Gluten-free Whole Grain Oatmeal Bread for the Bread Maker and a Giveaway

by autumn on March 13, 2011

This is darn good bread. After I stood over the bread maker cursing that it “better f***ing turn out,” I’m sure it was afraid to be anything but amazing. Like most great things, a couple of major disasters went into this loaf.

The first time I made this, after carefully weighing out the different flours and combining them with the wet ingredients in the bread maker, I opened the lid to find something that resembled a smashed sandcastle. After the panicked addition of over a cup (!) more water, I gave up and let the bread maker do its thing, sure that I would have a disaster on my hands. To my surprise, it was good. Really good.

I made the loaf that you see above (my second try) after a less than stellar week, which included a surprise root canal (whee!). I didn’t realize how exhausted, out of it, and just done I was until I poured the liquid ingredients of the bread directly into the bread machine, rather than into the pan. After I determined that I had not, in fact, ruined my bread maker, I somehow managed to bake this great loaf of bread.

I’m particularly proud of this bread because of what’s in it. It’s not always as easy for gluten-free folks to get as many whole grains in their diets. Many commercially produced gluten-free products rely heavily on rice flours and starches because they approximate the texture of gluten-y products much more readily. Baking gluten-free with whole grains requires a little more finesse and, in my case, cursing your kitchen appliances.

Even with how proud I was of this bread, I was reluctant to post the recipe. A kitchen scale is essential to making this bread; you’ll see below that the flours are measured in grams instead of cups. Although I’ve been baking (and canning!) with a kitchen scale for quite some time and could tell you how wonderful and necessary it is until I’m blue in the face, I know it just isn’t on some folks’ to-buy lists (or in some folks’ budgets; it certainly wasn’t in mine for a while).

So, I’m giving away one Escali Primo Digital Kitchen Scale. This one’s mine. I picked orange, but there are lots of colors. You can pick the one you like. As much as these simplify gluten-free baking, they’re essential for home canning and preserving. For a chance to win, leave a comment on this post, telling me a kitchen disaster story with a happy ending (or what color scale you’d like, if you don’t have a story). After Friday, 3/18 at 5 pm ET, I’ll randomly choose a winner from the comments. Be sure to leave an email (they’re not displayed), so I can contact you if you win. I can only ship to a US address (sorry!).

For another chance to win, you can like me on Facebook and leave an additional comment on this post letting me know that you’ve done so. If you already like me, just leave a comment here telling me so!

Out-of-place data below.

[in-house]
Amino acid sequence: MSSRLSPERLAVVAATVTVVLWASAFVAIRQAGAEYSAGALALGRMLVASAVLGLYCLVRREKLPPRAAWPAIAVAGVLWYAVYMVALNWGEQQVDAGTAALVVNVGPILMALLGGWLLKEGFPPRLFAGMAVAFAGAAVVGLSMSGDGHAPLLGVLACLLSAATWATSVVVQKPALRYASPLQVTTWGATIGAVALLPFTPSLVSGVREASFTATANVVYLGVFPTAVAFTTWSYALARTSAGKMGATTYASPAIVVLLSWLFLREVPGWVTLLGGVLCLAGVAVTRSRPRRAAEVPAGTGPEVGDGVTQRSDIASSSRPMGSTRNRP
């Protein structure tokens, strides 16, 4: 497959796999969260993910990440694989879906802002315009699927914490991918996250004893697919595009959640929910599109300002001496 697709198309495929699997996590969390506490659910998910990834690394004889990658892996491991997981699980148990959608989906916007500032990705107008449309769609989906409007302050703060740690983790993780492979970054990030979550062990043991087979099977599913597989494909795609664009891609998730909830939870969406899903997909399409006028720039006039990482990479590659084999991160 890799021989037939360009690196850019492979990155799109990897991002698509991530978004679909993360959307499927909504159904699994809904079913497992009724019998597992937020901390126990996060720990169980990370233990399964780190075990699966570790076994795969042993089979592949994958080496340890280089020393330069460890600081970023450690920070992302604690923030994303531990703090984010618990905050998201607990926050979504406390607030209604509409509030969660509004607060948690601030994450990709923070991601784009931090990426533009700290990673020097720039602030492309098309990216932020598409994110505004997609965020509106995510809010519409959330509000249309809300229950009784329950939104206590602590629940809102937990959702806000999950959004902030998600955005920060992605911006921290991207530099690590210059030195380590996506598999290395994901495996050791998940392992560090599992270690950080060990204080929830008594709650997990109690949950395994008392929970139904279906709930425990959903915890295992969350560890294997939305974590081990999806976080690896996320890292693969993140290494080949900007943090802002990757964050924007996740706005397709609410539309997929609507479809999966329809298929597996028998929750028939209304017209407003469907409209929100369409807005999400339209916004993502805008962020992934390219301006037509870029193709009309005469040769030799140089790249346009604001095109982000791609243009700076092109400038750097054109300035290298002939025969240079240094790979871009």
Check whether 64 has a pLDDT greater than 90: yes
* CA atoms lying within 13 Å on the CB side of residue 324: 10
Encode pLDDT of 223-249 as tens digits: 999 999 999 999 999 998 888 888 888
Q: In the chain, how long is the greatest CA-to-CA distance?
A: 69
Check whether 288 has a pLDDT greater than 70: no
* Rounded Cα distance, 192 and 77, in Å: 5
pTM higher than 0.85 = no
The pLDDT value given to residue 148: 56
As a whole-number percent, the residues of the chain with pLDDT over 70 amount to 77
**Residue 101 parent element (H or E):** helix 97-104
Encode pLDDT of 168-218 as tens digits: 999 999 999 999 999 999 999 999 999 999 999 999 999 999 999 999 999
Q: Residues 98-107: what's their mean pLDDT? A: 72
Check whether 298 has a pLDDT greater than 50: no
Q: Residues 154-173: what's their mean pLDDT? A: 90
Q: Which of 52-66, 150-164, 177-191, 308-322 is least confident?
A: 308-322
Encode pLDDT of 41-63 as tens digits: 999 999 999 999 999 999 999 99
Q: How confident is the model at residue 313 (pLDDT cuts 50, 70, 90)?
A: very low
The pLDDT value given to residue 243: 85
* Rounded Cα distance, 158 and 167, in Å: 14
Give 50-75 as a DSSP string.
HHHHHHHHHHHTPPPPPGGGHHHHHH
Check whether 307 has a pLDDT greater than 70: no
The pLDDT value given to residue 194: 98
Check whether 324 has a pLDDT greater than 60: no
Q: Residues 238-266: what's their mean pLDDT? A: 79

Gluten-free Whole Grain Oatmeal Bread for the Bread Maker
UPDATE: Please read the updated version of this recipe here

100 g millet flour
75 g teff flour
75 g gluten-free oat flour
100 g sorghum flour
50 g arrowroot starch
25 g potato starch
1 T xanthan gum
1 1/2 t salt

1/2 cup + 2 T gluten-free rolled oats
2 cups water, brought just to the point of boiling
3 T canola oil
2 T agave or honey
1 T apple cider vinegar
1 T molasses

2 eggs, at room temperature

1 packet active dry yeast

1. Put 1/2 cup oats in a large bowl. Reserve the 2 T for sprinkling on top. Pour the 2 cups boiling water over the oats. Add the oil, agave or honey, cider vinegar, and molasses. Set aside to cool while you measure and combine the flours.
2. Measure the flours. I made nice round numbers so you can use one big bowl and measure them one on top of the other on the scale.
3. Combine the flours with the xanthan gum and salt in a large bowl. Stir to thoroughly combine.
4. Just to be safe, temper the eggs and add them to the liquid ingredients. Or live dangerously and don’t temper. (You should be fine, but I don’t want anyone making scrambled egg bread on my watch).
5. Pour the liquid ingredients into the bread maker pan.
6. Without stirring, gently pour the dry ingredients into the pan, on top of the wet. Make a small well in the center of the dry ingredients and  dump in a packet of active dry yeast.
7. Process in a bread maker on the basic or gluten-free setting (if you have it). If you can select loaf size and darkness, use 2.5 lb and medium. Use a spatula to scrape down the sides near the end of the first knead cycle. Just before it begins to bake, sprinkle the loaf with the remaining 2 T of oats.
8. Allow to cool completely and enjoy!

1 Emily March 15, 2011 at 2:32 am

The quince meyer lemon jam currently on my blog was a big kitchen disaster that I didn’t expect to turn out. Originally membrillo, it never quite set up and I didn’t package it correctly. I expected it to spoil before I could attempt to fix it up.

2 Meg March 15, 2011 at 3:16 pm

When I was a little girl, I tried to make these chocolate oat refrigerator cookies. You basically cook oats, chocolate, sugar, and some kind of fat (I think – it was a long time ago) together, then drop onto wax paper and put in the fridge to harden. The thing is, I cooked it too long and some of it burned. I was heartbroken.